Hisashi Iwakuma is struggling so far this season, leading to questions about if he can trigger his vesting option next year with the Seattle Mariners?
Originally scheduled to go on Tuesday, Hisasha Iwakuma‘s start for the Seattle Mariners has been pushed back to Thursday. This is due to the pitcher still feeling sore, after being hit on his left knee by a hard comebacker last Wednesday.
In theory, this isn’t much of a deal. In the grand scheme of things, a delay of two days is nothing in a 162-game season.
However, it brings to mind Iwakuma’s vesting option. For anyone unfamiliar, these are optional years at the end of a player’s contract, which become guaranteed if they reach certain performance-related incentives.
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In respect of the 36-year old, the vesting option came about after the Los Angeles Dodgers backed out of a three-year deal in 2015, due to concerns about the results of his physical. He returned to Seattle with a one-year contract for the 2016 season, along with vesting options for 2017 and 2018.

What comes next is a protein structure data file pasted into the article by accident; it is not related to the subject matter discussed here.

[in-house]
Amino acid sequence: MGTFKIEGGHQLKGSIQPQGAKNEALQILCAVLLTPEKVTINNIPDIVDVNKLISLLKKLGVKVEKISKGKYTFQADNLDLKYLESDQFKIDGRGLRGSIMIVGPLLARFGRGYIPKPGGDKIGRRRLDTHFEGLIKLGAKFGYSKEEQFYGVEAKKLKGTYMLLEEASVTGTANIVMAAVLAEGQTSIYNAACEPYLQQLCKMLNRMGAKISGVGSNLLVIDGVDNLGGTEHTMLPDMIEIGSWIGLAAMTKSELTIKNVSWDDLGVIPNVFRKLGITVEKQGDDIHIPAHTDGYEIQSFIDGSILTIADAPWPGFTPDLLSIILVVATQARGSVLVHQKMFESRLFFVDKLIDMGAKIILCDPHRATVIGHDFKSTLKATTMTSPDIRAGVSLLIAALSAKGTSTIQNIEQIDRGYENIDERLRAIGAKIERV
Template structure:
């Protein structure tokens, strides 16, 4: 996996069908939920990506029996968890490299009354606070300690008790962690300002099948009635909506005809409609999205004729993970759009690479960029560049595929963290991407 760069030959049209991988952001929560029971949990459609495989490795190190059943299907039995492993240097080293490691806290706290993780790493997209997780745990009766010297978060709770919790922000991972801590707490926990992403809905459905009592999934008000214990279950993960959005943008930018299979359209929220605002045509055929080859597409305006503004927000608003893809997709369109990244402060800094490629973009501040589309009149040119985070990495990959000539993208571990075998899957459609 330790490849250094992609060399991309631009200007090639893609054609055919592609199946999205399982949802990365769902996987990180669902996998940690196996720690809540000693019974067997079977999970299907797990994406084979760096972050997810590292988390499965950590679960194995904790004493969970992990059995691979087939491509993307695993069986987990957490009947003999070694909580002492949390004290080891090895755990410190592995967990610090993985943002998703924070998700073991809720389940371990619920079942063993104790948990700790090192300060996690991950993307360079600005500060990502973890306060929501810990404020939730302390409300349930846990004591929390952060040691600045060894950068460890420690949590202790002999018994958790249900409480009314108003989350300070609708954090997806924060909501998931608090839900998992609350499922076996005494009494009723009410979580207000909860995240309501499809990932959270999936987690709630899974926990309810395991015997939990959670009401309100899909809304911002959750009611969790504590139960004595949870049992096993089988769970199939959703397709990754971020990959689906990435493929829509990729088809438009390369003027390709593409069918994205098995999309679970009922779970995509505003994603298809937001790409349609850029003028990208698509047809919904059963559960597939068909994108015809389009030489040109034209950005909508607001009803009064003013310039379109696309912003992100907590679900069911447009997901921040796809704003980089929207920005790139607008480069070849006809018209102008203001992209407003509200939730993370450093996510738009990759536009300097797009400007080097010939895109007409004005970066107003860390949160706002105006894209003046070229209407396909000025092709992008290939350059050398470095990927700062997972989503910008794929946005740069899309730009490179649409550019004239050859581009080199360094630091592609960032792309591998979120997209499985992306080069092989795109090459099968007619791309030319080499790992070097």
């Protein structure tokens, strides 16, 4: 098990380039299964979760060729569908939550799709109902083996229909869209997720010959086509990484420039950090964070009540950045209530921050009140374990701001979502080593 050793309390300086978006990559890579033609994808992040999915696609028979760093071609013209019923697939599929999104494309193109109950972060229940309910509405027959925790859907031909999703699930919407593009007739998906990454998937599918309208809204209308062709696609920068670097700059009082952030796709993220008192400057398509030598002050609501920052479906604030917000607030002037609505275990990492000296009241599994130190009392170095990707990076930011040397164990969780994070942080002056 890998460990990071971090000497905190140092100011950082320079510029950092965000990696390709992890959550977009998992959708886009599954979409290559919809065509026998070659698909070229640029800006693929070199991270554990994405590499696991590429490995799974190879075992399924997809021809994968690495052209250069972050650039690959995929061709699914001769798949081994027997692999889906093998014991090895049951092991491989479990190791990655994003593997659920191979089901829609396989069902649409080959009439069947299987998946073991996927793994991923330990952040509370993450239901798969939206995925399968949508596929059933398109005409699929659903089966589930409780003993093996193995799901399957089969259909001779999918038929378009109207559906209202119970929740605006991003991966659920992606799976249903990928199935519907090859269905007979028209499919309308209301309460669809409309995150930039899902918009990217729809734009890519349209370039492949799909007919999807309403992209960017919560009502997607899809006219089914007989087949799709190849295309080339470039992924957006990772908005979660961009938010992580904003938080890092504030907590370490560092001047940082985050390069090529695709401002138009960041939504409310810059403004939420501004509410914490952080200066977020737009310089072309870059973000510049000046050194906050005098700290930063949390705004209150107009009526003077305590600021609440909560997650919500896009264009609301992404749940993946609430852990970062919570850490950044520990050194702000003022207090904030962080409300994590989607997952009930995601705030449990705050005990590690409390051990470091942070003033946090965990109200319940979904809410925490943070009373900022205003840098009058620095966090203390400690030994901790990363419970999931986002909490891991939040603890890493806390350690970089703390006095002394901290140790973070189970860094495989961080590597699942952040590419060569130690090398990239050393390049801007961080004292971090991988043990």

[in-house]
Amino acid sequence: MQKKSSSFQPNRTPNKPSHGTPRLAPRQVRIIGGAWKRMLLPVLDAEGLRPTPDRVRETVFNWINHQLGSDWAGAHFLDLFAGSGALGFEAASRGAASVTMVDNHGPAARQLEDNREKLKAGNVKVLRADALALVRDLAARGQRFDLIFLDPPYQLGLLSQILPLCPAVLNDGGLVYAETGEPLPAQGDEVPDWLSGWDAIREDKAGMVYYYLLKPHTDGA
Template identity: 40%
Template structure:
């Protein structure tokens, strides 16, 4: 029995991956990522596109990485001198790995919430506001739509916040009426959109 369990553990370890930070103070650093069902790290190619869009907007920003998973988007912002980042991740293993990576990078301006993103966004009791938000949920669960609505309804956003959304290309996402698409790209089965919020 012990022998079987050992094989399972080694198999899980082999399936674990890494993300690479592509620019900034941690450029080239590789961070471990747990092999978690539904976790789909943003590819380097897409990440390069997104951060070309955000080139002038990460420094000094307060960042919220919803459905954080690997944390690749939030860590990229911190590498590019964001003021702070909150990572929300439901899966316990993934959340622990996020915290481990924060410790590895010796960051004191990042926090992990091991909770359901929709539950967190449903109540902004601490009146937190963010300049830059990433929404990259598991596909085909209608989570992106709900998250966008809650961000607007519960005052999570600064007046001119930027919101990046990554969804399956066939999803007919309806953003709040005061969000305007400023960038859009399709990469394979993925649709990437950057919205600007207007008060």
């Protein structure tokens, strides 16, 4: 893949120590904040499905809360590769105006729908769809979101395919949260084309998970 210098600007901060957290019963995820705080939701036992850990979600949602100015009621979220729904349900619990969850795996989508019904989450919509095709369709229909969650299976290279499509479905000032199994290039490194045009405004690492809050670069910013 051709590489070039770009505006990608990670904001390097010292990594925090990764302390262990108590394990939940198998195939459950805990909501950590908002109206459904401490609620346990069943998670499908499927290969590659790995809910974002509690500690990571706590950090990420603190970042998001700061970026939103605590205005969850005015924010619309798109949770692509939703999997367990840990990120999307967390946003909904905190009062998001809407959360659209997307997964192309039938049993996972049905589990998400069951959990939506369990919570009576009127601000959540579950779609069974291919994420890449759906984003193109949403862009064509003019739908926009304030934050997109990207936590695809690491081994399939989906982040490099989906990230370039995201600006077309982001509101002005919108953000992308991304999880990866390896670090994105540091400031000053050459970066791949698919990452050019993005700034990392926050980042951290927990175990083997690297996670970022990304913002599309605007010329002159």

This year’s option was triggered after Iwakuma surpassed 162 innings last season. Now, thoughts turn to what he must do to guarantee his contract for 2018.
As noted by Steve Adams by mlbtraderumors.com, the Tokyo, Japan native needs to reach a combined 324 innings for the 2016 and 2017 seasons. Having pitched 199 innings last year, he needs another 125 this season.
Certainly, 125 sounds more than attainable, considering Iwakuma’s total from 2016. However, it’s worth noting he is only averaging just over five innings per start so far this season. (31 in six starts.)
At his current rate, the 2013 All-Star would need another 19 starts to reach the magic number of 125 innings. Again, in theory, this sounds attainable, but it will be interesting to keep an eye on his health for the duration of this campaign.
In that respect, another factor to consider is that Iwakuma needs to avoid being on the disabled list at the end of the current campaign. If he is unable to do so, the vesting option becomes void, mean he will not guarantee his $10 million deal for next season.
All things considered, what’s your take on Iwakuma? Do you believe he will do enough to guarantee his contract next year, or fall short? Further, how do you rate his overall performance so far in 2017? Share your thoughts in the comments section.